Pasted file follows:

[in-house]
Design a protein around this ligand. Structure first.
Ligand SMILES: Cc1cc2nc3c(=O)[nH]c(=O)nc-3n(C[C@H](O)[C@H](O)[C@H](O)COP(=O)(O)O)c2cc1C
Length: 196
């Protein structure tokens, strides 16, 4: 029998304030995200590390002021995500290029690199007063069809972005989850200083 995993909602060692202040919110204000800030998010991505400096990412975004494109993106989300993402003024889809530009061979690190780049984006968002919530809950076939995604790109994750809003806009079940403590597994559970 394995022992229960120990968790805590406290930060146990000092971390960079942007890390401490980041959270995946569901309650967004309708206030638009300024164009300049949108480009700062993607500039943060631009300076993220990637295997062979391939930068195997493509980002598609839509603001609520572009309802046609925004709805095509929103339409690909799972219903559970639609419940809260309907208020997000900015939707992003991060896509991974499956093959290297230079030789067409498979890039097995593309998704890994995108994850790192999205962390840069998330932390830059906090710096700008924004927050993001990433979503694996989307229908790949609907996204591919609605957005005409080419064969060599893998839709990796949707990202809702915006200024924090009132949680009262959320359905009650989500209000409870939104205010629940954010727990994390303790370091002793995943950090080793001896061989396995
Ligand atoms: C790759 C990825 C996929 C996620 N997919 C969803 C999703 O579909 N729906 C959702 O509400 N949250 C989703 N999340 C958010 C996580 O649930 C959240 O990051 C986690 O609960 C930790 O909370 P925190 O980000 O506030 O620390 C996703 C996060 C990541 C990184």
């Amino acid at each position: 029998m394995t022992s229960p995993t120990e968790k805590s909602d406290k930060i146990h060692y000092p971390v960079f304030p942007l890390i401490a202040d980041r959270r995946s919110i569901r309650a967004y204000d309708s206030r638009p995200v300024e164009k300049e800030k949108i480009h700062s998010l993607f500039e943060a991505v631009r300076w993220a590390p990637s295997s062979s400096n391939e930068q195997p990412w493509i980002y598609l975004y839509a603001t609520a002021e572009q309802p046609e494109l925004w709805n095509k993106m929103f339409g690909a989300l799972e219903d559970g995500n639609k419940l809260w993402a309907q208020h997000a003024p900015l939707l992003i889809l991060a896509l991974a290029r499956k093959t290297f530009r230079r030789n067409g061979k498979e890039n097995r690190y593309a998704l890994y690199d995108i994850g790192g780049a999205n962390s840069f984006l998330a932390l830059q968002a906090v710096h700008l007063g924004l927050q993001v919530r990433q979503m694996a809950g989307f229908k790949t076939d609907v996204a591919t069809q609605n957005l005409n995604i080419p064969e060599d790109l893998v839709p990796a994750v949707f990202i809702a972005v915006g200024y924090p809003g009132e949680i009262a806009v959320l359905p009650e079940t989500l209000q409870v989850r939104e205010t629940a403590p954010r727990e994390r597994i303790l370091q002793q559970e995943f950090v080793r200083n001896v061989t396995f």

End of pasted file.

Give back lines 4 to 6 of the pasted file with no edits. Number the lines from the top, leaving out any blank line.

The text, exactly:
Length: 196
């Protein structure tokens, strides 16, 4: 029998304030995200590390002021995500290029690199007063069809972005989850200083 995993909602060692202040919110204000800030998010991505400096990412975004494109993106989300993402003024889809530009061979690190780049984006968002919530809950076939995604790109994750809003806009079940403590597994559970 394995022992229960120990968790805590406290930060146990000092971390960079942007890390401490980041959270995946569901309650967004309708206030638009300024164009300049949108480009700062993607500039943060631009300076993220990637295997062979391939930068195997493509980002598609839509603001609520572009309802046609925004709805095509929103339409690909799972219903559970639609419940809260309907208020997000900015939707992003991060896509991974499956093959290297230079030789067409498979890039097995593309998704890994995108994850790192999205962390840069998330932390830059906090710096700008924004927050993001990433979503694996989307229908790949609907996204591919609605957005005409080419064969060599893998839709990796949707990202809702915006200024924090009132949680009262959320359905009650989500209000409870939104205010629940954010727990994390303790370091002793995943950090080793001896061989396995
Ligand atoms: C790759 C990825 C996929 C996620 N997919 C969803 C999703 O579909 N729906 C959702 O509400 N949250 C989703 N999340 C958010 C996580 O649930 C959240 O990051 C986690 O609960 C930790 O909370 P925190 O980000 O506030 O620390 C996703 C996060 C990541 C990184």